The social side of ESG can be hard to understand and quantify – which is where the expertise of Standard Chartered Private Bank in this area comes to the fore
Environmental, social and governance, more commonly known as ESG, has become a ubiquitous term to describe responsible and sustainable business practices, but in most cases, the ‘E’ or environmental considerations, particularly climate change, has been the primary focus. Companies – and their investors – are now looking not just to their regulatory obligations and net zero strategy, but also seeking to be fair to people as well as to the planet.
Research conducted by Standard Chartered Private Bank among its private banking clients reveals that sustainability is becoming an important priority. As many as 68 percent of retail and HNW investors surveyed believe it is possible to do good while making money. And 66 per cent would like to be proactive in seeking investments in organisations that adopt positive ESG practices, while 73 percent would prefer to invest in organisations that seek to do additional good in the world and/or actively pursue sustainability. Among those surveyed, 94 per cent had already included a sustainable investment as part of their portfolio.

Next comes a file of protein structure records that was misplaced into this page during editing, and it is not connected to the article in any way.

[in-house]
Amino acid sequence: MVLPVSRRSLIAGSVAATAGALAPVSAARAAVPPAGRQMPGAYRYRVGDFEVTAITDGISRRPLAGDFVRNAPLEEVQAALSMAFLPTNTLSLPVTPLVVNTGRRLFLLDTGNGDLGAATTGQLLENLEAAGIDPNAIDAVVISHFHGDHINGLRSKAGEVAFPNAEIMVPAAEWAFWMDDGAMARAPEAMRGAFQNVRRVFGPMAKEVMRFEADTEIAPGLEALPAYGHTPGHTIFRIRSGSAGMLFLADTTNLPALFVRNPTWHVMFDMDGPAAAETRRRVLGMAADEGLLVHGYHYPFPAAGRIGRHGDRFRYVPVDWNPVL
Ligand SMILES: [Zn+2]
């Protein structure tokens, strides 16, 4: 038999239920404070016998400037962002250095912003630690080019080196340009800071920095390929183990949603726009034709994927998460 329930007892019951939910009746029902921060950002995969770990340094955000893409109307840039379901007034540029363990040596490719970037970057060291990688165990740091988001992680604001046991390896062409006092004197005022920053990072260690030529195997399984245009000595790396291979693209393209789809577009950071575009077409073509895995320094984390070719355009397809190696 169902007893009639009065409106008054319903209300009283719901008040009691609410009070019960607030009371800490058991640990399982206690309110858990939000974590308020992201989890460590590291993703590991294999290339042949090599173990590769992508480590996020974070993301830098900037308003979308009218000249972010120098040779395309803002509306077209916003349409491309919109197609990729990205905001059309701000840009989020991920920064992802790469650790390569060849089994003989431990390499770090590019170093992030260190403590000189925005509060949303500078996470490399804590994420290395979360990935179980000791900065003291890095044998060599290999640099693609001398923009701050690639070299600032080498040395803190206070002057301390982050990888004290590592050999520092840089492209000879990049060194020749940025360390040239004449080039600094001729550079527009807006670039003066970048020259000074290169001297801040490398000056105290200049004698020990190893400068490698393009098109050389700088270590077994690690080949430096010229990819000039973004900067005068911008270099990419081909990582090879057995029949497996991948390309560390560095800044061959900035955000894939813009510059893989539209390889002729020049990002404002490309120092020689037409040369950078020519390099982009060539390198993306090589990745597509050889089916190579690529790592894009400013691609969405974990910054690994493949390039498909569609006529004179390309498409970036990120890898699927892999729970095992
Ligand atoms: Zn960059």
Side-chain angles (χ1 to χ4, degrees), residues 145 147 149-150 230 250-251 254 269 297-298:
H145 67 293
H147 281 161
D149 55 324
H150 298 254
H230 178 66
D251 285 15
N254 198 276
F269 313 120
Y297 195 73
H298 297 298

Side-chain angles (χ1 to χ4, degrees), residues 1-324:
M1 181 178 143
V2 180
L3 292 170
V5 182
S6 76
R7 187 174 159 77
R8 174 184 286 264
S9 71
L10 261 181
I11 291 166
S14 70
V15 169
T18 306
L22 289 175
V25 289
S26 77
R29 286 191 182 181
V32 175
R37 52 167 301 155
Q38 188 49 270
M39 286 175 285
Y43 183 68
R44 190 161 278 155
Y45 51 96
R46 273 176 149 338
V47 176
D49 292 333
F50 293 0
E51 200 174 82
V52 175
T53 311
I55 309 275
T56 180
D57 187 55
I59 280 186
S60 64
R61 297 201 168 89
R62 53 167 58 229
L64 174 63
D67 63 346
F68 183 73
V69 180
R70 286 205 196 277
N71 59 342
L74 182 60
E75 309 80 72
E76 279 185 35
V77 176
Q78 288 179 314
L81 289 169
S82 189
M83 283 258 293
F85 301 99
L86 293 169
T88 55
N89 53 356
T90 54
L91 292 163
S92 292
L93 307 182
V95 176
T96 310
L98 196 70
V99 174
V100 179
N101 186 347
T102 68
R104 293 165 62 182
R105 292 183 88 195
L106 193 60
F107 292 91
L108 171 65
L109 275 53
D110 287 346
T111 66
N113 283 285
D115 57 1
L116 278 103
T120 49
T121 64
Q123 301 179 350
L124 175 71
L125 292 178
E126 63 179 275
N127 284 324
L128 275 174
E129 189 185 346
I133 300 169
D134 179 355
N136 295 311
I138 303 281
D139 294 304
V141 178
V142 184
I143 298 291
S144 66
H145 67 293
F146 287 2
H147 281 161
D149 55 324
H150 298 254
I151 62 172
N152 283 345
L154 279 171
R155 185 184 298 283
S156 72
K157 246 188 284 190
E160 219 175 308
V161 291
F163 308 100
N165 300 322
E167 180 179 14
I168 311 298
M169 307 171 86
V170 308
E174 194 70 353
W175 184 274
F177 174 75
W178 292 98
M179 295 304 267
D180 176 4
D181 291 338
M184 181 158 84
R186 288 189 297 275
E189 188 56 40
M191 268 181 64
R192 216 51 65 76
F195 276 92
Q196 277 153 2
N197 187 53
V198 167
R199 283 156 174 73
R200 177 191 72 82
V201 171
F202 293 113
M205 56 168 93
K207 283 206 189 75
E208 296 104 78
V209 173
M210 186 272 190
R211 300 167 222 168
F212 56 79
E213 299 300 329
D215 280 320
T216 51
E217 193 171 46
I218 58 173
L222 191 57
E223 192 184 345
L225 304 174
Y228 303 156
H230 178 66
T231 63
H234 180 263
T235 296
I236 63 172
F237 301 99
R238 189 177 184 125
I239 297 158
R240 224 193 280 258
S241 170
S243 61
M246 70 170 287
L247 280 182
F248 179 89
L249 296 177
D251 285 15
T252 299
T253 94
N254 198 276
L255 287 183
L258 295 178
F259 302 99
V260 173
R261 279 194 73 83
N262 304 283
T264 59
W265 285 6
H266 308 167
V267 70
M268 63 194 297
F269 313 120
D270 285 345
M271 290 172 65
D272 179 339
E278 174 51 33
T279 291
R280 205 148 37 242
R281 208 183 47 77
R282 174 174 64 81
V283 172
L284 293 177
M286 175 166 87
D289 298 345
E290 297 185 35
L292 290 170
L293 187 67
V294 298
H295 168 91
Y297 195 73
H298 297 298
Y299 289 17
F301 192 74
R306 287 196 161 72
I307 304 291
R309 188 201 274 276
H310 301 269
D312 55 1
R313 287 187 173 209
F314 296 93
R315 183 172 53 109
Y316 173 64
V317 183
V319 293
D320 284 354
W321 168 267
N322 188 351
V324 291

‘Standard Chartered’s research emphasises that investors are embracing a wide range of both environmental and social priorities in their investment decisions,’ says Grant Parkinson, head of consumer, private and business banking for Europe at Standard Chartered. ‘Among high-net-worth investors, for example, 45 per cent placed a high priority on affordable and clean energy, 39 per cent on safe, resilient cities and communities, and 38 per cent on zero hunger, quality education and responsible consumption and production. In fact, these figures slightly exceed the focus on climate action (37 per cent).’
The difficulty, however, is that it’s not always easy to determine what the ‘S’ in ESG means, given the range of topics it covers. The risks associated with social issues can also be more difficult to quantify than environmental considerations, and the link between responsible social practices and business performance may be more tenuous.
This is likely to change as the quality of ESG data and regulations around disclosure reporting improves. ‘At Standard Chartered, we use external data providers to provide robust, independent scoring of ESG metrics that underpin our sustainable investment offering,’ adds Parkinson. ‘We also actively assess and monitor asset managers’ ESG strategy, the breadth and depth of ESG integration, team expertise and engagement with firms in which they are invested, stewardship and impact reporting.
‘This combination is very important to reduce the risk of “greenwashing” that can be misleading to investors, and to increase the reputation, prevalence and impact of sustainable investment that has E, S and G at its heart.’